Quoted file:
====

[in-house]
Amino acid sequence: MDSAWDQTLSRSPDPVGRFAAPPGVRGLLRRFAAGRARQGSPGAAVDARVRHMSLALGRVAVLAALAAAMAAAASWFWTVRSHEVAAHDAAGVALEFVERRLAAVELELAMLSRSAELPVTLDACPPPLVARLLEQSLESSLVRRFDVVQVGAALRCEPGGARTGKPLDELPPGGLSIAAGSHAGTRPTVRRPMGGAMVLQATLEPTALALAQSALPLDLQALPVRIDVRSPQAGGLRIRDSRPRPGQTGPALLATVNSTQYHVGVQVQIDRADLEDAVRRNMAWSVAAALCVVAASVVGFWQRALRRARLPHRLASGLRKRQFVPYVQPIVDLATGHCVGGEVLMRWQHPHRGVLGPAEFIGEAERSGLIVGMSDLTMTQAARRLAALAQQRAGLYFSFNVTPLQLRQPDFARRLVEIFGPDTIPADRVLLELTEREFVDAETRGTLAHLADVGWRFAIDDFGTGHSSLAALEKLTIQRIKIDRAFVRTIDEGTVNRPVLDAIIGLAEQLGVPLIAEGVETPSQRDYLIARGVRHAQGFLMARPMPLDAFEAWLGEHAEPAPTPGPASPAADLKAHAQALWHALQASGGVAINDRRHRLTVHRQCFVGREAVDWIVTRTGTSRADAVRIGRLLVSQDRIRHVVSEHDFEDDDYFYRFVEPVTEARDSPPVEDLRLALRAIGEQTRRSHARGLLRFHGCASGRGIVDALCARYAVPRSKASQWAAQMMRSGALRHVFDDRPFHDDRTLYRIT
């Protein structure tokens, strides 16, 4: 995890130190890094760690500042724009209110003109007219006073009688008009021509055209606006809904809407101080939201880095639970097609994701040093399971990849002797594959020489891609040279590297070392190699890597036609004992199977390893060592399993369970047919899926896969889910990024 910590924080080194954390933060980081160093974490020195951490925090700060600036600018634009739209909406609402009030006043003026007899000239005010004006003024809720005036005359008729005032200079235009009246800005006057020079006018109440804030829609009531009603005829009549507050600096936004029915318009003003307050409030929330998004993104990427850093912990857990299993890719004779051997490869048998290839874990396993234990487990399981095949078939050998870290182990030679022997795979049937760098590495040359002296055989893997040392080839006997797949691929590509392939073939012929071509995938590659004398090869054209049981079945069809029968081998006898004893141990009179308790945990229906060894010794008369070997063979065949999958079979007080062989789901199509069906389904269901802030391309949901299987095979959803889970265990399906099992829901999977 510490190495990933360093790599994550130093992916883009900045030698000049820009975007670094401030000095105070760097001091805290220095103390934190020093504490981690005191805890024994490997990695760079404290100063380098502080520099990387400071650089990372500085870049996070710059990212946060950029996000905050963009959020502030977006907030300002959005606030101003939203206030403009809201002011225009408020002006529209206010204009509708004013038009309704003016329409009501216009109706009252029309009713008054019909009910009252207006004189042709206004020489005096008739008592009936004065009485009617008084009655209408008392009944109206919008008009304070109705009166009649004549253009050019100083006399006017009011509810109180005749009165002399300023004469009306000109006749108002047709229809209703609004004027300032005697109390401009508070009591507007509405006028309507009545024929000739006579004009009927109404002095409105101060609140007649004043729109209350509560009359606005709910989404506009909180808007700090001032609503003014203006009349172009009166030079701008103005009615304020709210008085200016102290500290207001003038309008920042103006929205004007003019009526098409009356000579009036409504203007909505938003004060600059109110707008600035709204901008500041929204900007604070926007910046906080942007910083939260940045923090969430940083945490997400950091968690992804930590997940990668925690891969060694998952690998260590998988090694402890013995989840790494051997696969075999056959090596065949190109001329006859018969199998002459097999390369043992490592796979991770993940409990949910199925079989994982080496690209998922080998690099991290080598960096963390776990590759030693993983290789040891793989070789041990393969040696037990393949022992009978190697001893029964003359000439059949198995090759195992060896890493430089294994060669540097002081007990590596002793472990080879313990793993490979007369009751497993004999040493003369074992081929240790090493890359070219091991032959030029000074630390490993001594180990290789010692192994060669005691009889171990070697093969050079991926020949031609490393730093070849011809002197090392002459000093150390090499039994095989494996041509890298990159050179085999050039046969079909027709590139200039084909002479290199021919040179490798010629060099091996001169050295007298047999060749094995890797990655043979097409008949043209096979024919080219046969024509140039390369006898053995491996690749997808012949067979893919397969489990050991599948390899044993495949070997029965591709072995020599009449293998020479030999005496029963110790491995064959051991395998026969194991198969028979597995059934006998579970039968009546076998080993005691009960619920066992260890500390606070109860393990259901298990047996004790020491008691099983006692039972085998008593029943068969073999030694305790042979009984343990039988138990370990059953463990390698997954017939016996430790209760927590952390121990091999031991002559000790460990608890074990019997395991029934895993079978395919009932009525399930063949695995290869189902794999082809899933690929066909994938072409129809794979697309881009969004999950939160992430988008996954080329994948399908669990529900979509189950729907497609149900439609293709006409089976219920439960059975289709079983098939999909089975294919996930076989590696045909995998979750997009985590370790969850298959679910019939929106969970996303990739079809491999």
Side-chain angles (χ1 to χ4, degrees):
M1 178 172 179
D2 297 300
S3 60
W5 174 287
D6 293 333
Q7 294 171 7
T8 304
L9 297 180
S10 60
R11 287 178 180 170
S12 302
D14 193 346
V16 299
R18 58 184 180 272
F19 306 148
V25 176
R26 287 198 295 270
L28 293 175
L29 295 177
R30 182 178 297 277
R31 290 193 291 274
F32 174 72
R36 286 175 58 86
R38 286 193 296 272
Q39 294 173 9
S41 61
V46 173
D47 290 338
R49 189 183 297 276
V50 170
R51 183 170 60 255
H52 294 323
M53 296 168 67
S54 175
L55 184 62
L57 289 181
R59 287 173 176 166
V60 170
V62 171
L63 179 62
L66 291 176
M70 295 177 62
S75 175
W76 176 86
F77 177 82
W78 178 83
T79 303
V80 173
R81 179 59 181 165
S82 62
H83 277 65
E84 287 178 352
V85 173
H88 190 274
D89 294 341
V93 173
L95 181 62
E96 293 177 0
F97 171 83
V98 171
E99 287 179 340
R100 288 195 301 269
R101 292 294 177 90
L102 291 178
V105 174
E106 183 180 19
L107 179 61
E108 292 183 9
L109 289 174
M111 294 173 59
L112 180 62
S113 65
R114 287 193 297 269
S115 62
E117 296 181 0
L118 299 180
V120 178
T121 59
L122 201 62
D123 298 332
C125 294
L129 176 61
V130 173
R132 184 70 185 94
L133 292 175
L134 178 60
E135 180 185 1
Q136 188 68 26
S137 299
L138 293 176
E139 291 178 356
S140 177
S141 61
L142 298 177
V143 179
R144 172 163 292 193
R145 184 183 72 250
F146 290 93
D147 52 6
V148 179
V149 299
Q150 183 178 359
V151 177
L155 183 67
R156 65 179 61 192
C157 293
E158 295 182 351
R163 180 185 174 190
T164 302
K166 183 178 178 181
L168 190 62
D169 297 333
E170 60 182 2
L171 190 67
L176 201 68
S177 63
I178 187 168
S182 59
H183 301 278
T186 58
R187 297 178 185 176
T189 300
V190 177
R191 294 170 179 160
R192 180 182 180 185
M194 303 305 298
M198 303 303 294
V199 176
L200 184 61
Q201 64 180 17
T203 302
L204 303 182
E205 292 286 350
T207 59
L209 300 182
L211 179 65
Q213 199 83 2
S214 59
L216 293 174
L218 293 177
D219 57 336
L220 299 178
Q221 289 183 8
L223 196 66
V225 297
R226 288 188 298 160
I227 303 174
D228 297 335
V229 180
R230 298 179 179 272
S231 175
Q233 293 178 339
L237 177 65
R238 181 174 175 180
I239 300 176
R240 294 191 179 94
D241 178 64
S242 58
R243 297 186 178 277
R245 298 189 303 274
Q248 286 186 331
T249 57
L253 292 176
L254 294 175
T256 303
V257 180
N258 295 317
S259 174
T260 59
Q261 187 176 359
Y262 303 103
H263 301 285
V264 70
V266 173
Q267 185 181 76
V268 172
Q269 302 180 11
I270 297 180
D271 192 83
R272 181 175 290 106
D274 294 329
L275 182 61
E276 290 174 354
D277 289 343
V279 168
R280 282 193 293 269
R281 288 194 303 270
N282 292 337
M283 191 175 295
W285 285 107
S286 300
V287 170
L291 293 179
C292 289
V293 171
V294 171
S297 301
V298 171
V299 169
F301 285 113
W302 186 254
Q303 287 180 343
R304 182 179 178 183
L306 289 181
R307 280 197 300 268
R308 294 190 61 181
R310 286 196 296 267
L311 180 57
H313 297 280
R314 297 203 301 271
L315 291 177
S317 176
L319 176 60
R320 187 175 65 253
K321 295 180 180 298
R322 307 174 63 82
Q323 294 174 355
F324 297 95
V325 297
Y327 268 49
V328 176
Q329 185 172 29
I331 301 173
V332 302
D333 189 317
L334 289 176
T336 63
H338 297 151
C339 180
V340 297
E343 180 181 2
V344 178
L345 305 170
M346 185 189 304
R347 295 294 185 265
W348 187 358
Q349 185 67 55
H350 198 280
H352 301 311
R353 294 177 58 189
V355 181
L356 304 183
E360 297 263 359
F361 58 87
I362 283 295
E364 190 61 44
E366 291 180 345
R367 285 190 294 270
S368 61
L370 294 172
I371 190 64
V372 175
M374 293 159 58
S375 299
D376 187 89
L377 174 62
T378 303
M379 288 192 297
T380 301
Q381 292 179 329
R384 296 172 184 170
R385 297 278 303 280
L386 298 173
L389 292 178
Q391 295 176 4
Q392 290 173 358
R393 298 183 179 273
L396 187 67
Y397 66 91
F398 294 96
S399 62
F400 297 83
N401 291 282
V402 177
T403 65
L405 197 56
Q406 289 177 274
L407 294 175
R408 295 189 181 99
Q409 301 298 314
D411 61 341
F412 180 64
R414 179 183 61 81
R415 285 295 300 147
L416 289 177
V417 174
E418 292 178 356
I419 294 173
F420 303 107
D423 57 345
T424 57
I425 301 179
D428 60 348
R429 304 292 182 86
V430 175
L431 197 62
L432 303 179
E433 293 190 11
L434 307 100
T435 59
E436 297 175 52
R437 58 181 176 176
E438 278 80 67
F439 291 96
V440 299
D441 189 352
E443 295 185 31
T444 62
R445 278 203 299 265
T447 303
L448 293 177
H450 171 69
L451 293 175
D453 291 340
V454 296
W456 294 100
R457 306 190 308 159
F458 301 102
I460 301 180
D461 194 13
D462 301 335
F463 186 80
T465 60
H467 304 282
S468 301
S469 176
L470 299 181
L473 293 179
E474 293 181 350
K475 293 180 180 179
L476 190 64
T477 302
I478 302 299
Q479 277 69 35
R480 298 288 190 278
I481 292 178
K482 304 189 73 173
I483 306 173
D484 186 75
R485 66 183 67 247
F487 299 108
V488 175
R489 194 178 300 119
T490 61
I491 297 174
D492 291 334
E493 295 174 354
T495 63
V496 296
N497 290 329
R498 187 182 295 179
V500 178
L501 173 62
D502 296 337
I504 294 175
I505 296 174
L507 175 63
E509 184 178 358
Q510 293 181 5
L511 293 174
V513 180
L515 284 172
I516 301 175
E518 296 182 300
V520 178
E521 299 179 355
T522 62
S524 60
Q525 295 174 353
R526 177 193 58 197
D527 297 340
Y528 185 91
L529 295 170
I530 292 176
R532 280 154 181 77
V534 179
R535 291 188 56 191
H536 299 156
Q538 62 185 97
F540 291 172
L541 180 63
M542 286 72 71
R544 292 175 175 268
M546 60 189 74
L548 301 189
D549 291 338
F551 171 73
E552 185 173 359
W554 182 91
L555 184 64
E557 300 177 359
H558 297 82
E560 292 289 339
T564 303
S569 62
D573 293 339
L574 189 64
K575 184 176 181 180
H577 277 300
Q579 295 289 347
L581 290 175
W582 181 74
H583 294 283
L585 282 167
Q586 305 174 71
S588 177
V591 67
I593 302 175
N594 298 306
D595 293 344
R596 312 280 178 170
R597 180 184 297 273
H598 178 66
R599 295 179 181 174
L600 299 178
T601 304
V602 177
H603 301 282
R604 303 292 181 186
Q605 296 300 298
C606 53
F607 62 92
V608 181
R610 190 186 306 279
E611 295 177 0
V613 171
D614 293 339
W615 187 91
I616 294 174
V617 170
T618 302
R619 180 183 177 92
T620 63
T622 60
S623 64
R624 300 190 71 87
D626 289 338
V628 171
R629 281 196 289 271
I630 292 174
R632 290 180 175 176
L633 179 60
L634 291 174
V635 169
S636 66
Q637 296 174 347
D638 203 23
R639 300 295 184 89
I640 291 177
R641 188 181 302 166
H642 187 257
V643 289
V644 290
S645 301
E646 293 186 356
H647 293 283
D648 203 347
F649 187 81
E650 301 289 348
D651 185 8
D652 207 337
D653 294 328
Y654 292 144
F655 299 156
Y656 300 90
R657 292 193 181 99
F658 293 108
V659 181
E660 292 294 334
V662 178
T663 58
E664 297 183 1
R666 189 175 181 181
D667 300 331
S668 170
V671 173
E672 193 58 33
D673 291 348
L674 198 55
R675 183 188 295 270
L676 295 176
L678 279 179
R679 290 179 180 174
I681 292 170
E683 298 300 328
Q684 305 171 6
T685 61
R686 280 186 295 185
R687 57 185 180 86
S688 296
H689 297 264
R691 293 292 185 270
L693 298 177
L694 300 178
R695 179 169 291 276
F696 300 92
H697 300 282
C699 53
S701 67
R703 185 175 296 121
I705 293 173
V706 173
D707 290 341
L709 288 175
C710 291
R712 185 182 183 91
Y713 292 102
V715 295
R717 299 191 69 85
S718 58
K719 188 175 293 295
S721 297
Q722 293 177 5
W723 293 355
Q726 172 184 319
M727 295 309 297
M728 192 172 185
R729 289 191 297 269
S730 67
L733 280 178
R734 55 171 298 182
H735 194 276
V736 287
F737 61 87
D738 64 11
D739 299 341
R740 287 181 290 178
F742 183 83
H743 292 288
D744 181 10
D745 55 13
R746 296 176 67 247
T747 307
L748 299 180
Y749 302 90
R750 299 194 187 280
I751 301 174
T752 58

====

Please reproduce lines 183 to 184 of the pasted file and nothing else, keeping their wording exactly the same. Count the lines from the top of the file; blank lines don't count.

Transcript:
D271 192 83
R272 181 175 290 106